by Alick Lazare

It has been observed that in many of our schools and colleges there is critical dearth of information and knowledge about writers of Dominica and their writings. 

The earliest writings about Dominica that I have been able to find were by Raymond Breton, a French missionary who came to Dominica about 1641, and spent nearly twenty-five years documenting the language and customs of the Kalinago.

He was followed by Pere Labat, a French Jesuit priest whose missionary zeal brought him to Dominica between 1693 and 1705. 

Pere Labat lived among the Kalinago for many months despite their reputation as cannibals, trusting no doubt in the rumour that they found the flesh of priests unwholesome and bitter. In his memoirs about his sojourn in Dominica, he wrote extensively about them, gave the most authoritative account of their way of life dispelled the notion that they were maneaters, describing them as most courteous, hospitable, and civilized.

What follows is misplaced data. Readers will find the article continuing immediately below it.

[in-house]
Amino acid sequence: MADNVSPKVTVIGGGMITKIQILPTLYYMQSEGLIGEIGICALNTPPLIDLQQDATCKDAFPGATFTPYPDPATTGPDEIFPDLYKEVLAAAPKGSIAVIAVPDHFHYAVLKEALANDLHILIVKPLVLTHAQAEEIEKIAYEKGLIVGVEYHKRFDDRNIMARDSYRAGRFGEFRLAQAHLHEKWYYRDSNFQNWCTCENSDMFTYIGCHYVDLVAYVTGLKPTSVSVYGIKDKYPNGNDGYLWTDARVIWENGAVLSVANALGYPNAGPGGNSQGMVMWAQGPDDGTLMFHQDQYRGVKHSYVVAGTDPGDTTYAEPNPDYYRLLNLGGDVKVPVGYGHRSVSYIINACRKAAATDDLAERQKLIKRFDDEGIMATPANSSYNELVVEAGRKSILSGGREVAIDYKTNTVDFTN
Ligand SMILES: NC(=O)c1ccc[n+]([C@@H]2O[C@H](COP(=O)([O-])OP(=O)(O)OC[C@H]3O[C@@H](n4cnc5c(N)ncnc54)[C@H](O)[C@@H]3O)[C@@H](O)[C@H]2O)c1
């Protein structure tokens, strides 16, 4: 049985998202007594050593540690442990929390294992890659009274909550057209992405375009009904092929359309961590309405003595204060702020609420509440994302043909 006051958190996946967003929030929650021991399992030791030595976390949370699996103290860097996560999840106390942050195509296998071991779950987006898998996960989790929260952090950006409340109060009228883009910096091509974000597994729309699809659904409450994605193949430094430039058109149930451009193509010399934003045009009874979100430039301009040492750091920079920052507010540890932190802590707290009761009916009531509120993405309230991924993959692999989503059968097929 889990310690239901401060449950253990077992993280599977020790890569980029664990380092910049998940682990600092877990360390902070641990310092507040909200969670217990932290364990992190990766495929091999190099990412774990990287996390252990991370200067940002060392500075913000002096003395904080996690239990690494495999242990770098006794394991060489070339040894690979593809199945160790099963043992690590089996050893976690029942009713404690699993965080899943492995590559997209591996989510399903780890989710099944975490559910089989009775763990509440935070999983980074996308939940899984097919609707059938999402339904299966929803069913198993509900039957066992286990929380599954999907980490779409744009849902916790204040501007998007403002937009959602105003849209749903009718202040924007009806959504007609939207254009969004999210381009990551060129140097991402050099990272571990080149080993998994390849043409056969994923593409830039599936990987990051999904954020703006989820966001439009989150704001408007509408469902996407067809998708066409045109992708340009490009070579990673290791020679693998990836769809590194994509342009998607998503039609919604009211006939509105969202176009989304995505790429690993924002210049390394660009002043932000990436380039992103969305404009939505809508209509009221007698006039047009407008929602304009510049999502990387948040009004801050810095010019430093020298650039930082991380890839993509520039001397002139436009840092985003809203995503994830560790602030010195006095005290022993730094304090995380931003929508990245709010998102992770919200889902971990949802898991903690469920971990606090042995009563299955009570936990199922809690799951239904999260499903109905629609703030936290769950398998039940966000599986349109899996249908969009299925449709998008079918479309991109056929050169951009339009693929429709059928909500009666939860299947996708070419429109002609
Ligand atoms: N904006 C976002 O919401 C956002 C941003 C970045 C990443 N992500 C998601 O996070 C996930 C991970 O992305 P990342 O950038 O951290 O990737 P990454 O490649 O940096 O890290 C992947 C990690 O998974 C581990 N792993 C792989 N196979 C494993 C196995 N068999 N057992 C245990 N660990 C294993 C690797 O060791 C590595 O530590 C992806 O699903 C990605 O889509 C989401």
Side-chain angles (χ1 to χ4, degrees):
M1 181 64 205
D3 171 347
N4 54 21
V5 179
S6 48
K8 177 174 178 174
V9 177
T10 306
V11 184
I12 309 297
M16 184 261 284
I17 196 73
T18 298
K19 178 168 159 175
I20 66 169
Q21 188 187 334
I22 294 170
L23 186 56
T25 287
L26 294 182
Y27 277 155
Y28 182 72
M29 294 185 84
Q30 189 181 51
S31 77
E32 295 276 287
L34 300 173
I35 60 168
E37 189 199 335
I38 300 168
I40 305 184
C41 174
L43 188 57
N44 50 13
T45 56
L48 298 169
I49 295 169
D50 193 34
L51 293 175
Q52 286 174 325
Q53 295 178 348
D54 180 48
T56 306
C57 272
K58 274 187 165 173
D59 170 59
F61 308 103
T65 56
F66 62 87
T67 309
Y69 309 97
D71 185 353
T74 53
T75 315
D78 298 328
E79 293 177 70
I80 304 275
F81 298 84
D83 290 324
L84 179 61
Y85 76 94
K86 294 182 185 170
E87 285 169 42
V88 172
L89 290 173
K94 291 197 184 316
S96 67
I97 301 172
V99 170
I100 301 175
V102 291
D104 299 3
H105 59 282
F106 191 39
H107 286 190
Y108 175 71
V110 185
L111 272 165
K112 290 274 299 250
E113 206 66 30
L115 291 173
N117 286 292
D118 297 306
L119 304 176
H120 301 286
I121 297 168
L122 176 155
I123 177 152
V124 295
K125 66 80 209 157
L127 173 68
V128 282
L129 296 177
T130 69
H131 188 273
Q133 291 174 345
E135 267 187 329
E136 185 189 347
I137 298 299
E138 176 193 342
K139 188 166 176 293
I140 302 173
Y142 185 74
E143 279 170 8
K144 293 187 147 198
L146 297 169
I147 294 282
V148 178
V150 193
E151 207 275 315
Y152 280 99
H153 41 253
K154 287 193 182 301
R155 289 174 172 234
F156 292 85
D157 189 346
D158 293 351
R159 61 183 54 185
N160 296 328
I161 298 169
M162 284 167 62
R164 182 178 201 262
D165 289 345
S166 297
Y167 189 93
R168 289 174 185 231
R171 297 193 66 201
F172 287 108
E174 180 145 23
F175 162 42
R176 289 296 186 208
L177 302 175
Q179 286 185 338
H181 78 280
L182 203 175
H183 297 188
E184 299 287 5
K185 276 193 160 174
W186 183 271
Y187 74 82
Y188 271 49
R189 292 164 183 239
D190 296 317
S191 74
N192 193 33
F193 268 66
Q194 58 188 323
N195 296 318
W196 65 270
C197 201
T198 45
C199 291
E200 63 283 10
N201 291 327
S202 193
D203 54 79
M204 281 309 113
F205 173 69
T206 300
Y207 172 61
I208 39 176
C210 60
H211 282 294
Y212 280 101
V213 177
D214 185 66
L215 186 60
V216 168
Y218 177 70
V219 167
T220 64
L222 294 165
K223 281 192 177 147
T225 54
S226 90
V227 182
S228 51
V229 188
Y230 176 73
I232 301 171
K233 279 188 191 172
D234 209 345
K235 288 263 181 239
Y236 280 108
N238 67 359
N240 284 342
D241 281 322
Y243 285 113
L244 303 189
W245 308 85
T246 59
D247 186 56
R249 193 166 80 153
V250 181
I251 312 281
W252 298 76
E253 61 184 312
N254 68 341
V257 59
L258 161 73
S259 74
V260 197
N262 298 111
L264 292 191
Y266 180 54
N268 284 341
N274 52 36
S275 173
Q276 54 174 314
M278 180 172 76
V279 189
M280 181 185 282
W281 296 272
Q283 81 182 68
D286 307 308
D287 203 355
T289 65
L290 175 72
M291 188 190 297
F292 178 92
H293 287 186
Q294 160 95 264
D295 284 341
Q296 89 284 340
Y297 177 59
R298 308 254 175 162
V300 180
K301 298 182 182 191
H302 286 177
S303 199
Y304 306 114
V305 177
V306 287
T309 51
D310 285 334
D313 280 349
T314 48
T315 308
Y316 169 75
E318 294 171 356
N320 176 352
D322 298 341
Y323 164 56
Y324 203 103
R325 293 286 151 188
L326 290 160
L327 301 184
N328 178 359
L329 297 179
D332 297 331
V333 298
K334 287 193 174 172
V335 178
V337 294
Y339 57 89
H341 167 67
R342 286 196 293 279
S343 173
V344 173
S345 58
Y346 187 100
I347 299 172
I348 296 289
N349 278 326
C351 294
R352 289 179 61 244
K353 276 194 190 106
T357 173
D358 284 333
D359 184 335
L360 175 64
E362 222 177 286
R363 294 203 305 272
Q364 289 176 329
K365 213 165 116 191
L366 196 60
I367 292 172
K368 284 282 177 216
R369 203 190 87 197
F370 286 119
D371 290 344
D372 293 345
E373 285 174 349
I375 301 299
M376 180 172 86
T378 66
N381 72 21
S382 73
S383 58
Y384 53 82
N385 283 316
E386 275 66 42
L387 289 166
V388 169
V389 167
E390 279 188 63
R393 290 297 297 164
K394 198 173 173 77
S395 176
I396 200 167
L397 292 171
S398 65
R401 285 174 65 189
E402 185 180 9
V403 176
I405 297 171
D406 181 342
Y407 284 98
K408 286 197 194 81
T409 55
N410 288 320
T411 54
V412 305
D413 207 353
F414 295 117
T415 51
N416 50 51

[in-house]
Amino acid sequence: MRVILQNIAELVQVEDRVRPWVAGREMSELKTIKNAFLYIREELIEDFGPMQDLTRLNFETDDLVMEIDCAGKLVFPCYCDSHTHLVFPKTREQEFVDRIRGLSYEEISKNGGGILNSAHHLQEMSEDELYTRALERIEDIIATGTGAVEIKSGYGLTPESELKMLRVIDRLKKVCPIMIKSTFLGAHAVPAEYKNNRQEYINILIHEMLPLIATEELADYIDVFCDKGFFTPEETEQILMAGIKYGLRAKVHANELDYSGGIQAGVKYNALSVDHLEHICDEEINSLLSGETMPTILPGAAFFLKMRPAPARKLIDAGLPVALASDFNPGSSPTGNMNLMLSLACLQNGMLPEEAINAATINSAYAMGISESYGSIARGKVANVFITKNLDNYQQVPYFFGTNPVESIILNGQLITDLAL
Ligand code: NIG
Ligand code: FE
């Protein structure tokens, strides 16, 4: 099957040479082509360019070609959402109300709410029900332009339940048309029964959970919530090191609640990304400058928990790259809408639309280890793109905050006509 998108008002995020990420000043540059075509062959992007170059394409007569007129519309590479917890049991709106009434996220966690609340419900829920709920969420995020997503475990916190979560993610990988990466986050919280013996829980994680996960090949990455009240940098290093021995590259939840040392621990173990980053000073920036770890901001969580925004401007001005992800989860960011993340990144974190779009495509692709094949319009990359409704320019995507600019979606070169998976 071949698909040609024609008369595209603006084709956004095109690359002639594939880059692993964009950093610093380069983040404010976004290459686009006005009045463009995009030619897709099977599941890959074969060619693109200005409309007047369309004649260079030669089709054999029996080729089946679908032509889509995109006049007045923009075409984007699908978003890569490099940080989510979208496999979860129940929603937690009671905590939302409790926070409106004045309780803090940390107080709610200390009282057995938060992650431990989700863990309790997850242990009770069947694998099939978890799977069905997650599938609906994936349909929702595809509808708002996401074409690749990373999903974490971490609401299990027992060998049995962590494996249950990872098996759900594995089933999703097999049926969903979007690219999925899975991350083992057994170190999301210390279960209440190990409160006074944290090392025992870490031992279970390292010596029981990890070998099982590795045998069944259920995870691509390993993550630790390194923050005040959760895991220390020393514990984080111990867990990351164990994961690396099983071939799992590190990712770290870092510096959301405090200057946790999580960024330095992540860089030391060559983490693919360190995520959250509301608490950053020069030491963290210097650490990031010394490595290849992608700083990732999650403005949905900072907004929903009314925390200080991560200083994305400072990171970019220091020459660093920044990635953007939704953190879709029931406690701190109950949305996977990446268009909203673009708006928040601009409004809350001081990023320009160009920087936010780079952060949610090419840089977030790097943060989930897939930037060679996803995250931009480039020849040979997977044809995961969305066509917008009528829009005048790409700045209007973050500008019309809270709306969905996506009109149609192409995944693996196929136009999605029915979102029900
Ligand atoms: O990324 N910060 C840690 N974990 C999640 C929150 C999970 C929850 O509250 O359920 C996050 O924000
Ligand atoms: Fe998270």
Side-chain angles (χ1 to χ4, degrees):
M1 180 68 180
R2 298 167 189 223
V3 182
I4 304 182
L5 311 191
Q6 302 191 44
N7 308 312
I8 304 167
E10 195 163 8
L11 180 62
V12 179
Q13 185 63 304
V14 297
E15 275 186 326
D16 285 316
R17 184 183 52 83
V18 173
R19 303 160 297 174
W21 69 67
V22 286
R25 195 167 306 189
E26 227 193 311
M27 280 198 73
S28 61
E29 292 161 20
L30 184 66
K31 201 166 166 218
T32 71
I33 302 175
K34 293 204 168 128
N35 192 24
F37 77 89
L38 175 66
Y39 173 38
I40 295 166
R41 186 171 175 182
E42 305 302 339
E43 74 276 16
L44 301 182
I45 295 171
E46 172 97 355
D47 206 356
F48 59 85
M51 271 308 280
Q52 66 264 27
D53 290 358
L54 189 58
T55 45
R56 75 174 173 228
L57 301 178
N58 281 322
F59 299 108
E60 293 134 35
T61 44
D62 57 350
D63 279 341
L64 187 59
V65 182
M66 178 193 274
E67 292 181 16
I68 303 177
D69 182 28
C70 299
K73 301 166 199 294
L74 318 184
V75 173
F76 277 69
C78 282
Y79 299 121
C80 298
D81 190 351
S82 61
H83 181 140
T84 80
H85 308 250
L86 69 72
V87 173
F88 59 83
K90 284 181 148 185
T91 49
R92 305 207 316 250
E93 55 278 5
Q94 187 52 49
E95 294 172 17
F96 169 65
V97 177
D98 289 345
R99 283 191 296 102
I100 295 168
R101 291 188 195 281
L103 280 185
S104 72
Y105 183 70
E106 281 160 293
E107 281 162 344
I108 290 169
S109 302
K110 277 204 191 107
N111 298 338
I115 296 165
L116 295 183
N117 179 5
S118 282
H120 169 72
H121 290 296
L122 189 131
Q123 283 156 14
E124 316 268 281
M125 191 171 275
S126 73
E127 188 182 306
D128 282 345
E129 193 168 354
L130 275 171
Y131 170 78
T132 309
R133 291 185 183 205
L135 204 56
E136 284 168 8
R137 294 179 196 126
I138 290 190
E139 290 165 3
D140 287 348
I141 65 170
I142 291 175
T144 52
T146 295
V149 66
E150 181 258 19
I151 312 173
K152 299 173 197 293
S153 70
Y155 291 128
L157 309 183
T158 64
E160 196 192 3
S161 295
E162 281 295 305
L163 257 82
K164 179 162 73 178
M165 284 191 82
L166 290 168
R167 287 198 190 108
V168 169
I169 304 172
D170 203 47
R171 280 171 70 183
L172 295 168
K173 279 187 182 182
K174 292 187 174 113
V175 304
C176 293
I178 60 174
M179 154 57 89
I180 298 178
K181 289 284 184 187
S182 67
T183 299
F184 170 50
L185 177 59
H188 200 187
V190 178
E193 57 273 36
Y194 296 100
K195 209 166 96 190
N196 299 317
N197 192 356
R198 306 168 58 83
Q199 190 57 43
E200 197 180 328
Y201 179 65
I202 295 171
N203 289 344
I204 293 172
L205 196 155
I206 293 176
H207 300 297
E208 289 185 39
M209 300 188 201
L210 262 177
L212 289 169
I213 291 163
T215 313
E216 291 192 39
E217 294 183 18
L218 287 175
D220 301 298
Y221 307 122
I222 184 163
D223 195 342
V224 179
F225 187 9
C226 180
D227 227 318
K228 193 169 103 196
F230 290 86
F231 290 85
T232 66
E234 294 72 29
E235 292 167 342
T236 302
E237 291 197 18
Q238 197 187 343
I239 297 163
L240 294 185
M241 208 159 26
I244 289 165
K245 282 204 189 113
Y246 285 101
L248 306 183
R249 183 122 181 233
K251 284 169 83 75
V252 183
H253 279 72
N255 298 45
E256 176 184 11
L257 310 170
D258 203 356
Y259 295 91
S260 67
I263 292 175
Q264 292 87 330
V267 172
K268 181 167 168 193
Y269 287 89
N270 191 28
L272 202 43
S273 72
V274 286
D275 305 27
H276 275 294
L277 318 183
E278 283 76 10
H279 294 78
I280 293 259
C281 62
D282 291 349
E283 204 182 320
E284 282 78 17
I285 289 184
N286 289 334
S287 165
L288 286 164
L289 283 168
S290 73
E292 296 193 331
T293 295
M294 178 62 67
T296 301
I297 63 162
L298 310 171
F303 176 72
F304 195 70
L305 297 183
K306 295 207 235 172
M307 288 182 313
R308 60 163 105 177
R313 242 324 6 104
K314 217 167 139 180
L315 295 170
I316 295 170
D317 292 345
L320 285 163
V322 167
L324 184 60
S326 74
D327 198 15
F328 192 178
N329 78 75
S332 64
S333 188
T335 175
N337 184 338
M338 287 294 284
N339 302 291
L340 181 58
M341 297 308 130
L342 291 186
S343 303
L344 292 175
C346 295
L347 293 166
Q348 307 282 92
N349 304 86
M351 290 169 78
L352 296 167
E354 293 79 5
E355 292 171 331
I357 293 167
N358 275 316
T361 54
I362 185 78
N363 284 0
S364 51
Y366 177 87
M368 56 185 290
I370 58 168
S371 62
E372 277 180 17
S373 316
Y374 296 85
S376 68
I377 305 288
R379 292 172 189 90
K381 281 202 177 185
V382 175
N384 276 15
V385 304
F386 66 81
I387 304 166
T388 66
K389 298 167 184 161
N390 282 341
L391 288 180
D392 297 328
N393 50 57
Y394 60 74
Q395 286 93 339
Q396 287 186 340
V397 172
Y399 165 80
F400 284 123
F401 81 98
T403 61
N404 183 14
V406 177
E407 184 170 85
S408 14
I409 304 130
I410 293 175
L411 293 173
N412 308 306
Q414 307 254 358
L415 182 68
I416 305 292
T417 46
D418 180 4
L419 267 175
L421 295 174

It is written that one of the group commissioned by the English King James to translate the scriptures, John Layfield, a Greek scholar from Cambridge University, accompanied the Earl of Cumberland on a voyage to the new world sometime around 1596, and was so struck by the pristine beauty of Dominica that he used the island as the model for his description of the Garden of Eden. An account of this is given in the book, God’s Secretaries, a comprehensive description of the persons, events and social and political conditions that influenced the creation of the King James version of the Bible, one of the greatest works in the English language.